Blockchain start-up joins coalition of automakers to develop autonomous EVs
A global consortium of automakers, including BMW, Ford and Renault, have announced that they will work with blockchain start-up The DAV Foundation in a bid to make networks of fully autonomous electric vehicles (EVs) commonplace by 2021.
The partnership will see The DAV Foundation, which is aiming to create a decentralised network of autonomous vehicles using blockchain technology, work with consortium the Mobility Open Blockchain Initiative (MOBI), which is working to explore the benefits of utilising new digital technologies in the mobility sector.
MOBI, which works with automakers that account for more than 70% of the global vehicle market, public transportation providers, energy companies, insurance firms and regulatory bodies across the world, believes the new partnership will help to “decentralise every element” of transportation by road by securing smart contracts for transactions using a blockchain platform.
Acting as a digital ledger, the platform creates a verifiable audit trail that can be used for transactions, notably for car and ride sharing, charging station availability, autonomous payments, pay-as-you-use insurance and vehicle taxes. All these aspects will be governed by smart contracts that are secured through the blockchain platform.
The DAV Foundation’s co-founder, Tal Ater, said the partnership will help the start-up gain access to the expertise it needs to create a global network of decentralised EVs, while providing MOBI with the technology it needs to achieve its own goals.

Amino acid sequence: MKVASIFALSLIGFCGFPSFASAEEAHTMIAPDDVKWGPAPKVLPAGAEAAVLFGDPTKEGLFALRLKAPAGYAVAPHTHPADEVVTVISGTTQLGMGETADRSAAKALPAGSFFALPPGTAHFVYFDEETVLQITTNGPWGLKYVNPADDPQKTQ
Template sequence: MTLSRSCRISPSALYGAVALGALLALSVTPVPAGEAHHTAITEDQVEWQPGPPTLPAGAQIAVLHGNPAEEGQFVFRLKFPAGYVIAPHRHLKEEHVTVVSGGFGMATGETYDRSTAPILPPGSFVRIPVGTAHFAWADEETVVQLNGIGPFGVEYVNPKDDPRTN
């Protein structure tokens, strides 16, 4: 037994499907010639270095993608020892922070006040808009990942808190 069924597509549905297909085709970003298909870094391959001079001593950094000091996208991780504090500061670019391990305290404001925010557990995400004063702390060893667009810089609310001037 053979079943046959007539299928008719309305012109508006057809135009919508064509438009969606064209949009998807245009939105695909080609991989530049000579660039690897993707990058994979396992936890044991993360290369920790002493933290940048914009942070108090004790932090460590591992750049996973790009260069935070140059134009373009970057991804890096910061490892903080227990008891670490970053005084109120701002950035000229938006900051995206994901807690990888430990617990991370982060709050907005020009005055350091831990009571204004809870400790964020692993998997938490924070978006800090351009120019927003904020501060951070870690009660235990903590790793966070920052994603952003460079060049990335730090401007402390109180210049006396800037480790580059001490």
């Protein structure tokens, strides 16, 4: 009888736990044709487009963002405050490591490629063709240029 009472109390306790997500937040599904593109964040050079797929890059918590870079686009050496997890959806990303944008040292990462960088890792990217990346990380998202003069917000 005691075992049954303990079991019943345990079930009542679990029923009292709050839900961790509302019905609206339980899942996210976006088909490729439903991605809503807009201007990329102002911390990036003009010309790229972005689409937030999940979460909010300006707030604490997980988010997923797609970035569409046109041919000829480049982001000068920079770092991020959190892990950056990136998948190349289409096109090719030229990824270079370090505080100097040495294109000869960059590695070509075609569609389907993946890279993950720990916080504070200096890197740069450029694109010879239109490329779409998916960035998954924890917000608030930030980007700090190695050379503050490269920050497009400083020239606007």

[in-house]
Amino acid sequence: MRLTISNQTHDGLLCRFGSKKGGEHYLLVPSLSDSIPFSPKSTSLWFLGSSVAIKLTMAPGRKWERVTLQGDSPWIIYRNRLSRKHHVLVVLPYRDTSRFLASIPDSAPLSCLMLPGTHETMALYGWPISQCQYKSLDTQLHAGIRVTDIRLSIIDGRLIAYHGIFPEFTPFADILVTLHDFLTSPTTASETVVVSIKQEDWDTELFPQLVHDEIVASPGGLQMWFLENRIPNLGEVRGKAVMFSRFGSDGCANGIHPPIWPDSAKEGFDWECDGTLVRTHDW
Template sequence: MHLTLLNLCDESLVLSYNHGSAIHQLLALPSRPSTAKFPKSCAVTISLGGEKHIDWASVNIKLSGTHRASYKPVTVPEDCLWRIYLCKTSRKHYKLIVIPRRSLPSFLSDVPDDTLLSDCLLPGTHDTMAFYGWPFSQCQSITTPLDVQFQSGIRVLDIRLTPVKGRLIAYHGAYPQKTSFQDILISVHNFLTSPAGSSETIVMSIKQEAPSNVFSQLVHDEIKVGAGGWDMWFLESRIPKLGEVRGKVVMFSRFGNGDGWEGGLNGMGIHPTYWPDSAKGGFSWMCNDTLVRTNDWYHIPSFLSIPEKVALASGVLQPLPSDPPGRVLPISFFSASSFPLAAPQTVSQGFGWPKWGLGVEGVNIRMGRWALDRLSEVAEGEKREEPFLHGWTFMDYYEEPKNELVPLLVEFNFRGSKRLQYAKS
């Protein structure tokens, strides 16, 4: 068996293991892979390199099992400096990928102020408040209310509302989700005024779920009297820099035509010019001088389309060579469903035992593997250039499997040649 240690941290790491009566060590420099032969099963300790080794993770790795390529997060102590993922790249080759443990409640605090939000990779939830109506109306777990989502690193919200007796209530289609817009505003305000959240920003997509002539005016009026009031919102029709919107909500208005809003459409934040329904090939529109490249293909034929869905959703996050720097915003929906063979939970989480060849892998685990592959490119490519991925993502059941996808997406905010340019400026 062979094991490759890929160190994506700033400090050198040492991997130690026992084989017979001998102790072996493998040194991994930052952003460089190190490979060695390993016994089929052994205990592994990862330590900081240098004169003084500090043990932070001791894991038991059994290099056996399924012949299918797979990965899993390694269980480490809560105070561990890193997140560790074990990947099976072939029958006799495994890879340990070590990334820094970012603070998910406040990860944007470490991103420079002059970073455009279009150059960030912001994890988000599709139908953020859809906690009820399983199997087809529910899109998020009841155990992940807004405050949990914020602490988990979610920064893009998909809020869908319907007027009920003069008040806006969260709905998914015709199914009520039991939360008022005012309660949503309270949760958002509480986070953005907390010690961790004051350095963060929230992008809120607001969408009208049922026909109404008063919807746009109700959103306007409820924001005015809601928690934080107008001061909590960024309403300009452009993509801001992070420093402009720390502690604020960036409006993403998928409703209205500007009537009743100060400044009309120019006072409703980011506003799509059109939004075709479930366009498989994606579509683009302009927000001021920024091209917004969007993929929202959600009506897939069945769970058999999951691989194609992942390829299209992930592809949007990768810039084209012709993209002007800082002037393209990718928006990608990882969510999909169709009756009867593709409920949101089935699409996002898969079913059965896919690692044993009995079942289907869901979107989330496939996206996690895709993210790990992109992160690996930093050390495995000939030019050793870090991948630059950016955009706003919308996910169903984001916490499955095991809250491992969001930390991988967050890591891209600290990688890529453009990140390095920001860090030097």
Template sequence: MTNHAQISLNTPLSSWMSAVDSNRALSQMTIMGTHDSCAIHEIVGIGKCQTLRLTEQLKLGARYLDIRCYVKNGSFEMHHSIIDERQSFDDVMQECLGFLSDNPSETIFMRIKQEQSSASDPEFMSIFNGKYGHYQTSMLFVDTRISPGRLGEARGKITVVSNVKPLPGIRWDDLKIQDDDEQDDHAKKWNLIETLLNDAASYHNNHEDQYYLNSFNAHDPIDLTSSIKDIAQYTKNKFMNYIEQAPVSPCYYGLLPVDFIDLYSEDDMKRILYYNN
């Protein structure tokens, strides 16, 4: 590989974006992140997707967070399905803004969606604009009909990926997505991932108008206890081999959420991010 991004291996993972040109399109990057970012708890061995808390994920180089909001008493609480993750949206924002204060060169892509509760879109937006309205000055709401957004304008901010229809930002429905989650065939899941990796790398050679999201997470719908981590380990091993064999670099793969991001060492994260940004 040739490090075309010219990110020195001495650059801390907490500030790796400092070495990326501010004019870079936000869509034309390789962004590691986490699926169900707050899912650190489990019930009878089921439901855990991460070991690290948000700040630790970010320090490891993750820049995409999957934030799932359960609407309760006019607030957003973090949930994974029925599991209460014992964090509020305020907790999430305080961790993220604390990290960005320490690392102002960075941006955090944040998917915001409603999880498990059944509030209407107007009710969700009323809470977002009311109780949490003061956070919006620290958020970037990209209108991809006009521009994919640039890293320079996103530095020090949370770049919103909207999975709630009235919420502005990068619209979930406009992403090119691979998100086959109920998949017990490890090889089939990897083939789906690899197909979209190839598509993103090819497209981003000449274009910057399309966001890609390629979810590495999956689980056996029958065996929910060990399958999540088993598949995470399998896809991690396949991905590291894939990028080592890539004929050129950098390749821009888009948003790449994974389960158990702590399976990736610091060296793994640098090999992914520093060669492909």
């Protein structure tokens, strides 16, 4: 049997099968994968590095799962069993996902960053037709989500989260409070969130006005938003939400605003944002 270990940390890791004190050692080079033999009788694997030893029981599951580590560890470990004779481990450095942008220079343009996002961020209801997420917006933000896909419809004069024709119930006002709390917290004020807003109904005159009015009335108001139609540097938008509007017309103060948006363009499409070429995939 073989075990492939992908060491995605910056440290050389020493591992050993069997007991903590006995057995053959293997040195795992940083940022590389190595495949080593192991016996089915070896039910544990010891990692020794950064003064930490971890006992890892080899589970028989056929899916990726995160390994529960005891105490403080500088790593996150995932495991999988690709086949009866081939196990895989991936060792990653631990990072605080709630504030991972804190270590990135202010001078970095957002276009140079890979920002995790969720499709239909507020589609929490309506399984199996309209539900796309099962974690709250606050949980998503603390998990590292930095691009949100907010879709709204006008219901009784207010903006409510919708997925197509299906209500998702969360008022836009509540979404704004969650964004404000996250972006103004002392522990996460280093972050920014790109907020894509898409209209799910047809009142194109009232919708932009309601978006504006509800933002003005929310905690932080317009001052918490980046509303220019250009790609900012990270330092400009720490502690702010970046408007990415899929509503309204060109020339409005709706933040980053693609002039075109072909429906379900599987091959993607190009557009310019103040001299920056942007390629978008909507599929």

“MOBI and the companies that are part of the consortium share the same goals as us,” Ater said. “It’s about companies working together over trustless platforms, because decentralisation is the key to the future of transportation, globally.”
Echoing Ater’s sentiments, MOBI’s chief executive Chris Ballinger said the partnership would help spur the “rapid and scalable adoption of technologies” by companies in the autonomous and mobility spheres.
Despite scepticism remaining around autonomous vehicles, nations and automakers alike have made moves to capture the benefits of this rapidly growing market in recent times.
EV experts such as Nissan and Tesla have both launched their own self-driving features, while Volvo’s self-driving vehicle trials in London look set to expand this year. Similarly, General Motors is working towards an “all-electric future” and is looking to roll out a fully self-driving, ridesharing service by 2021.
In the policy sphere, the UK Government last year launched the first phase of a £100m investment in the development of driverless vehicles with a new competition supporting the creation of testing infrastructure. The programme will be matched by a further £100m investment from industry over four years.
This regulatory framework has been generally supported by the public, with a quarter of UK citizens claiming they would be willing to sell their vehicle in favour of signing up for a driverless car subscription.